Care For: This is tricky because Bran is not suffering all that much. Sure, he feels cold, and he’s being forced to watch a man being beheaded, which disturbs him, and later he almost has to watch some wolf-puppies put to death... but the real reason we care about Bran is because we sense, from reading the prologue, that the ice-zombies will eventually come for him, and he’s so terribly unaware of this. (In fact they will come just for him, though those who stick to the books may never find that out). We care for him because we can see what he can’t see.

The novel’s multiple-POV structure ensures that we will always know more about what’s going on than any of the POV characters we’re reading about, not just plot-wise, but also morally. We know from the prologue that the deserter had a good reason to flee, which none of the Starks bother to elicit. Each POV-jump for the rest of the book will follow this pattern. There will never be a character that understands this world as fully as the reader does. Only we can see the ironic contrasts between these points of view. Only we know how tragic all of these events truly are. We care about these characters in an almost godly way: What fools these mortals be.

Invest In: We’re in an odd position: We discover that we were correct not invest our hopes in any of the characters from the prologue, and we can’t really invest in a seven year old boy, but we can tell that the Starks are going to be our main characters, so we examine them through Bran’s eyes, looking for a hero.

The most obvious choice is Eddard, who seems like a manly and responsible Lord in his insistence on being the one who swings the beheading sword himself. And if we’ve flipped ahead, we know that he will have the most POV chapters. But we also can see that Eddard has a limited perspective. He dismisses what Will has to say without really listening, leaving his kingdom eventually vulnerable to zombie attack. And of course, as fantasy readers, we’re conditioned to seek out young heroes so we’re also looking at his sons, whether adopted, blood, or bastard.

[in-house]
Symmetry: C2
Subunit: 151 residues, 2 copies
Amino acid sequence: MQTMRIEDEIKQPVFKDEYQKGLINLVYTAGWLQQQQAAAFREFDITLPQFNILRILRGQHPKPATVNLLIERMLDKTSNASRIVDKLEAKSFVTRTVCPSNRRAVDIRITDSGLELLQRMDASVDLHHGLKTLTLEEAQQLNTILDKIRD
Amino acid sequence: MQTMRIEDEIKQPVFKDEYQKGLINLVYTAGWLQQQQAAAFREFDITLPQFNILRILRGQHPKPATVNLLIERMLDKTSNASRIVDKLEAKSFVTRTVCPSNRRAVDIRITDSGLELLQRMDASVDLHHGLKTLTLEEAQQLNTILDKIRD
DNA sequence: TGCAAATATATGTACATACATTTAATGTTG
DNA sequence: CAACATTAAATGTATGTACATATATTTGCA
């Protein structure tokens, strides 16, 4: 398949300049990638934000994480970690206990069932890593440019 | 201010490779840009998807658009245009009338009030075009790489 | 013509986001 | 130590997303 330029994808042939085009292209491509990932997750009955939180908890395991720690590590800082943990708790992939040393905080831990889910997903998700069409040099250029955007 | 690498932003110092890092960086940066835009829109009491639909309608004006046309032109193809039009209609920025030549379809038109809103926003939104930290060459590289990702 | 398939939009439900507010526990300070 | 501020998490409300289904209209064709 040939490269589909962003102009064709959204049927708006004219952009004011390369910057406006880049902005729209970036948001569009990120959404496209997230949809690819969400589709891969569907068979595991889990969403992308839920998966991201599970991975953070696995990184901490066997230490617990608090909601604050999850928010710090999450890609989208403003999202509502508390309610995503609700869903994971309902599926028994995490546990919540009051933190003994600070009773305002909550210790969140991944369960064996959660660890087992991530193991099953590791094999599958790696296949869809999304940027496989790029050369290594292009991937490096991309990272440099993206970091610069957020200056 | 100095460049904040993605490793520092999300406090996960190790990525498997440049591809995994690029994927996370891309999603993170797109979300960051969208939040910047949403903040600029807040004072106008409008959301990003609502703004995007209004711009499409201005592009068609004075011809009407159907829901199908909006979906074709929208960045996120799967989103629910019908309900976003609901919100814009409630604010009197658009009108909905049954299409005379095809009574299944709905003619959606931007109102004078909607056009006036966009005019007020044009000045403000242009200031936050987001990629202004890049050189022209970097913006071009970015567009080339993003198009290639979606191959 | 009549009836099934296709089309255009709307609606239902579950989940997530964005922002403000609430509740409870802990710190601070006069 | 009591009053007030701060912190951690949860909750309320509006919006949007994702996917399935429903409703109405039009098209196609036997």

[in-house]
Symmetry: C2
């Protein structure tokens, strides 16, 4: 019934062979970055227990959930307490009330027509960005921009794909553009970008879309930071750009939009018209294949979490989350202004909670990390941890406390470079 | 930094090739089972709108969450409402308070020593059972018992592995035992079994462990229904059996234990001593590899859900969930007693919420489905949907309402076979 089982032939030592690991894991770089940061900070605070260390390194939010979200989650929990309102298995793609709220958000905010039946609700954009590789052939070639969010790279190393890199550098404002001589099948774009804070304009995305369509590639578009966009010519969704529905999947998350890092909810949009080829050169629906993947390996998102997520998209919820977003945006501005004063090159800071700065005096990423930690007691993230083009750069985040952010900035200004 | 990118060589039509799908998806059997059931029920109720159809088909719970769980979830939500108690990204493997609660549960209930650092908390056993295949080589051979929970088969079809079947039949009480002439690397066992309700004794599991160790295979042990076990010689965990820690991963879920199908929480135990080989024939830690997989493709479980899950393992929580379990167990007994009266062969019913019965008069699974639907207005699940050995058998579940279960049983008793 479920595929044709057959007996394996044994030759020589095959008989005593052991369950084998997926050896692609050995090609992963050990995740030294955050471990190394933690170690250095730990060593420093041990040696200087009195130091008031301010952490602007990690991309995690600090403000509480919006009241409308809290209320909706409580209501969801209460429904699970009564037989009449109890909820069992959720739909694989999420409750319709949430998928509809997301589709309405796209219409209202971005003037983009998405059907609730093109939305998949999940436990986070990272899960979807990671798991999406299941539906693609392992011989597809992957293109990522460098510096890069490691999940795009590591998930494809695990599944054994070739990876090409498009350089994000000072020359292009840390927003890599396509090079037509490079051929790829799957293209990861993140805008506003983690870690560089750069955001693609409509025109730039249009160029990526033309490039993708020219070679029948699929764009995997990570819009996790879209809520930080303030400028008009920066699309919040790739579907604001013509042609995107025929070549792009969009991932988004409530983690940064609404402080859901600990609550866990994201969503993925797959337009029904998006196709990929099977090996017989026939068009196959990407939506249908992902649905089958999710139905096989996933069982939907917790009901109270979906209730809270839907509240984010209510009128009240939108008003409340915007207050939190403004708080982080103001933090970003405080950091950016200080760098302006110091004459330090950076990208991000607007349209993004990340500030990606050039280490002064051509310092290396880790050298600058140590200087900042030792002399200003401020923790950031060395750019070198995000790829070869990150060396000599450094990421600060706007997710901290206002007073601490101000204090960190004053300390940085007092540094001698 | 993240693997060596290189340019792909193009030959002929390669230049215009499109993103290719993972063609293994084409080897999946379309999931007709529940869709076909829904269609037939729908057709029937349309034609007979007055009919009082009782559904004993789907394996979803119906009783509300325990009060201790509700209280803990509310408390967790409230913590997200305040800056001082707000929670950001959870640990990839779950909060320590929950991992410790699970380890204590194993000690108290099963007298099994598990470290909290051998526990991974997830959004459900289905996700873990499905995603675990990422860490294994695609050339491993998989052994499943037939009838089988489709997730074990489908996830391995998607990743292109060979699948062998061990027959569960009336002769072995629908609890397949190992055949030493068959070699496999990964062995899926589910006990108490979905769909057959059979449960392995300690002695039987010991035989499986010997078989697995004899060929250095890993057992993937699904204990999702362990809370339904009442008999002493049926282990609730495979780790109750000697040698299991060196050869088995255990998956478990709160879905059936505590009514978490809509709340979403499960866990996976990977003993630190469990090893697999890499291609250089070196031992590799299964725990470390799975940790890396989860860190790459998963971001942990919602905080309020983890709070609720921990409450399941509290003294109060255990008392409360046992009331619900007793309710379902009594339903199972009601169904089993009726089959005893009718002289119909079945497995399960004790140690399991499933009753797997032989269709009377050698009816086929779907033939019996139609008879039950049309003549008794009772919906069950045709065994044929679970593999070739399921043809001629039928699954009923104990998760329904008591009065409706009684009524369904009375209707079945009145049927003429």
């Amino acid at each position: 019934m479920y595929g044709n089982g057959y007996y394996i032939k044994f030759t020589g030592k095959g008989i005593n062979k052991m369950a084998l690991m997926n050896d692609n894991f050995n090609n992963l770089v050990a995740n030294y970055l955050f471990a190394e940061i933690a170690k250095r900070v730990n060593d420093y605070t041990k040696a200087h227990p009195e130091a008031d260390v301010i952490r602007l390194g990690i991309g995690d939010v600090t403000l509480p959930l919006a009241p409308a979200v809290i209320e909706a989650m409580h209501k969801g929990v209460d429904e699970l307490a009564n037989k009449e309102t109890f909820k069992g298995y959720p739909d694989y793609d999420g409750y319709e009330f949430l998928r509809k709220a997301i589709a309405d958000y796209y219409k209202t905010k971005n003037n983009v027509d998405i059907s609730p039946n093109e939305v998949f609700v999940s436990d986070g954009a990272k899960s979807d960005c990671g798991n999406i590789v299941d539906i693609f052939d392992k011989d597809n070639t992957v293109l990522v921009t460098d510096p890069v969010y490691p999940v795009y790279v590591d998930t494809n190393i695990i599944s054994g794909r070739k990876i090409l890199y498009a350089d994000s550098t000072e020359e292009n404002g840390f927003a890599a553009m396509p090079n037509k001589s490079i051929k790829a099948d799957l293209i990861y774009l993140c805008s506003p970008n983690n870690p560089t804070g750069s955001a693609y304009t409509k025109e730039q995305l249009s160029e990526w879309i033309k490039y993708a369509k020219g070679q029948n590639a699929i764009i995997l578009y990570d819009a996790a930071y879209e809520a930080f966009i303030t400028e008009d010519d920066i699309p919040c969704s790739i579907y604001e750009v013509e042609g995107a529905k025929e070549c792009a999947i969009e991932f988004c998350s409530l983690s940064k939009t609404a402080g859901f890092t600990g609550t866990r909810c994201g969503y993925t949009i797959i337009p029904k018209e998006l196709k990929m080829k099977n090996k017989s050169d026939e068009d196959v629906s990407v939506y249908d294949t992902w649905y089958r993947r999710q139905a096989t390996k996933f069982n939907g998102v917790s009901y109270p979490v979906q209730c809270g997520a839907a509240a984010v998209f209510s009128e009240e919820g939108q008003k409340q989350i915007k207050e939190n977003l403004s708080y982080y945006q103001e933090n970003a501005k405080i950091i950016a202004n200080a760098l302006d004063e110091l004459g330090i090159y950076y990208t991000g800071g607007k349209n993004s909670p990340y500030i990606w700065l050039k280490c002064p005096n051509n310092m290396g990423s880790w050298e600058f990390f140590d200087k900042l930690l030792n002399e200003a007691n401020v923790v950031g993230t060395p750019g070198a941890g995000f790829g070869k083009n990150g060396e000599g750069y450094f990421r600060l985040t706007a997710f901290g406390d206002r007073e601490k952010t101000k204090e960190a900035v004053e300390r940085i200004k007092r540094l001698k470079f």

It’s easy to dismiss Theon Greyjoy, Eddard’s ward:

  • The head bounced off a thick root and rolled. It came up near Greyjoy’s feet. Theon was a lean, dark youth of nineteen who found everything amusing. He laughed, put his boot on the head, and kicked it away.

But it’s not so easy to choose between Eddard’s bastard son Jon or his official heir Robb:
  • “Ass,” Jon muttered, low enough so Greyjoy did not hear. He put a hand on Bran’s shoulder, and Bran looked over at his bastard brother. “You did well,” Jon told him solemnly. Jon was fourteen, an old hand at justice.
  • It seemed colder on the long ride back to Winterfell, though the wind had died by then and the sun was higher in the sky. Bran rode with his brothers, well ahead of the main party, his pony struggling hard to keep up with their horses.
  • “The deserter died bravely,” Robb said. He was big and broad and growing every day, with his mother’s coloring, the fair skin, red-brown hair, and blue eyes of the Tullys of Riverrun. “He had courage, at the least.”
  • “No,” Jon Snow said quietly. “It was not courage. This one was dead of fear. You could see it in his eyes, Stark.” Jon’s eyes were a grey so dark they seemed almost black, but there was little they did not see. He was of an age with Robb, but they did not look alike. Jon was slender where Robb was muscular, dark where Robb was fair, graceful and quick where his half brother was strong and fast.